Natural products are in great demand for their extensive biological properties and bioactive components which had been proved to be useful against a large number of causative agents of diseases.[10] Studies on the natural products of plant origin such as betel and tulsi proved that the released secondary metabolites have strong antimicrobial activity.[11],[12],[13],[19],[20],[21],[22],[23],[24]

The current study investigated the anticandidal activity of two plants against the subcultures of C. albicans obtained from oral candidiasis patients. This was the first study where ethanolic and ethyl acetate extracts have been used to investigate the anticandidal activity of a plant material. According to the results obtained in the current study, the ethyl acetate extract of mature leaves of P. betle showed the maximum inhibitory zone against C. albicans (26 mm). This was twice larger than the inhibitory zone obtained from tulsi and standard drug fluconazole (13 mm).

A study by Nanayakkara et al. revealed that extracts from young betel leaf showed higher anticandidal activity than that of mature leaves. This was explained by the release of more secondary metabolites from young leaves because of the fragility of their physical defenses such as lack of a thick waxy cuticle and low cell wall rigidity.[27] Our study showed contrary results wherein mature leaves had better anticandidal activity than young leaves, which can probably be explained by the use of ethyl acetate, a solvent not used in the study by Nanayakkara et al., hence an increased release of secondary metabolites in mature leaves. However, this requires more studies to confirm the effect of ethyl acetate solvent in the increased release of secondary metabolites from betel leaf.

In the current study, the ethanolic and ethyl acetate extracts of tulsi leaves showed half the amount of inhibitory zone against C. albicans (13 mm) when compared with betel leaf and the equal amount with standard drug fluconazole. To the best of our knowledge, this was the first study to examine the anticandidal activity of betel leaf and tulsi with an approved drug. The low candidal activity of the tulsi leaf may be improved via the use of different solvents and different extraction procedures, considering the polarity of the active compounds. In addition, the purification of the active compound may lead to higher anticandidal activity.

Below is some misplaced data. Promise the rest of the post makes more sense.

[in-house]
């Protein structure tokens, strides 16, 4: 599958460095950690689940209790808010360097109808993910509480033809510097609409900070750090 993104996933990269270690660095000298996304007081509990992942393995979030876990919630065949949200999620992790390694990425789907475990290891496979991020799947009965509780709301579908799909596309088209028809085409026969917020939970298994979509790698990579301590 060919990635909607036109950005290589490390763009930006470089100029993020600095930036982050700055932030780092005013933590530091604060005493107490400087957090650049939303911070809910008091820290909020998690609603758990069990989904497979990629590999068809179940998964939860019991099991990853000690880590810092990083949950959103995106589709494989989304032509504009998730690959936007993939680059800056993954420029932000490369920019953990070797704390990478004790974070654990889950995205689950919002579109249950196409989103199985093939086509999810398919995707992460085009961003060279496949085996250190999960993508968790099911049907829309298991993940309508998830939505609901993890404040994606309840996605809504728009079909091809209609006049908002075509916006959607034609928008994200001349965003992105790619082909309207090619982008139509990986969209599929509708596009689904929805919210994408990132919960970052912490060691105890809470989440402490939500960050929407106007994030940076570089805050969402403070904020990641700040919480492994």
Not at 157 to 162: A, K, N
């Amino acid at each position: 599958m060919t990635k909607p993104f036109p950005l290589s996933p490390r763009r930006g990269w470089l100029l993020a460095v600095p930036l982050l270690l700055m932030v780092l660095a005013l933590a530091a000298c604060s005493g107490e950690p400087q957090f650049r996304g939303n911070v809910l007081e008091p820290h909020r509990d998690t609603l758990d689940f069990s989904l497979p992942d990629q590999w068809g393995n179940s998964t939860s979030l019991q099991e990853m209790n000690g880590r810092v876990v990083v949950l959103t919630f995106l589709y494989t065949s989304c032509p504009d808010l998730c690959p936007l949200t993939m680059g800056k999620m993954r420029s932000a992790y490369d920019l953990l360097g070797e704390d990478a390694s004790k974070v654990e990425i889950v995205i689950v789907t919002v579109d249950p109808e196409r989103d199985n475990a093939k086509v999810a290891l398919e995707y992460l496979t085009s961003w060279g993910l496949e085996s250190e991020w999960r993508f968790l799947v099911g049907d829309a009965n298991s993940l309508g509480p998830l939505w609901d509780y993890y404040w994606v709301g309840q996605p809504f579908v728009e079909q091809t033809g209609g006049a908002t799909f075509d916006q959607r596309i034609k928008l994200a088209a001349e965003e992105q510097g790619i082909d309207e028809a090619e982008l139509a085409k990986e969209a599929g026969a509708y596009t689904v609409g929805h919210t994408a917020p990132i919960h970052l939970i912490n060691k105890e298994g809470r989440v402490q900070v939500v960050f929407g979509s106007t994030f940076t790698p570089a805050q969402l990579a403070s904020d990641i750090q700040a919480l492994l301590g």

Hydroxychavicol present in betel leaf extract and methyl chavicol and linalool in tulsi leaf extract are responsible for their anticandidal activity. They alter the cell membrane structure, resulting in the disruption of the permeability barrier of microbial membrane structure.[13],[23] Phytochemical analysis in our laboratory also revealed the presence of these secondary metabolites.

Further, the efficacy of these leaf extracts was tested by obtaining their MIC values. It showed that the MIC value of fluconazole (62.5 μg/ml) was twice better than those of ethyl acetate extract of mature betel leaves (125 μg/ml). In a study conducted by Ali et al.[13] using hydroxychavicol isolated from betel leaf, similar MIC values were observed against C. albicans as reflected in our study. However, a study by Makkar et al.[30] showed lower MIC values, and another study by Nanayakkara et al.[27] showed higher MIC values. Tulsi leaves showed higher MIC values (2000 μg/ml) than betel leaf and standard drug. This was the first study to find the efficacy of tulsi against C. albicans. The higher MIC values obtained from P. betle and tulsi leaves in the present study can be attributed to the use of crude extracts of the leaves when compared with the purified form of the standard drug.

   Conclusion Top

The results of this study demonstrate that the ethyl acetate extract of P. betle is more effective as an anticandidal agent against C. albicans when compared with tulsi and fluconazole. This would help to replace drugs to which Candida have evolved resistance by promoting these traditional medicines. Further studies on tulsi by using different solvents would increase the efficacy of this plant product compared to standard drug.


We acknowledge the assistance of our lab technician Mr. Padmanabha Reddy.

Financial support and sponsorship


Conflicts of interest

There are no conflicts of interest.

   References Top

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  [Table 1], [Table 2], [Table 3], [Table 4]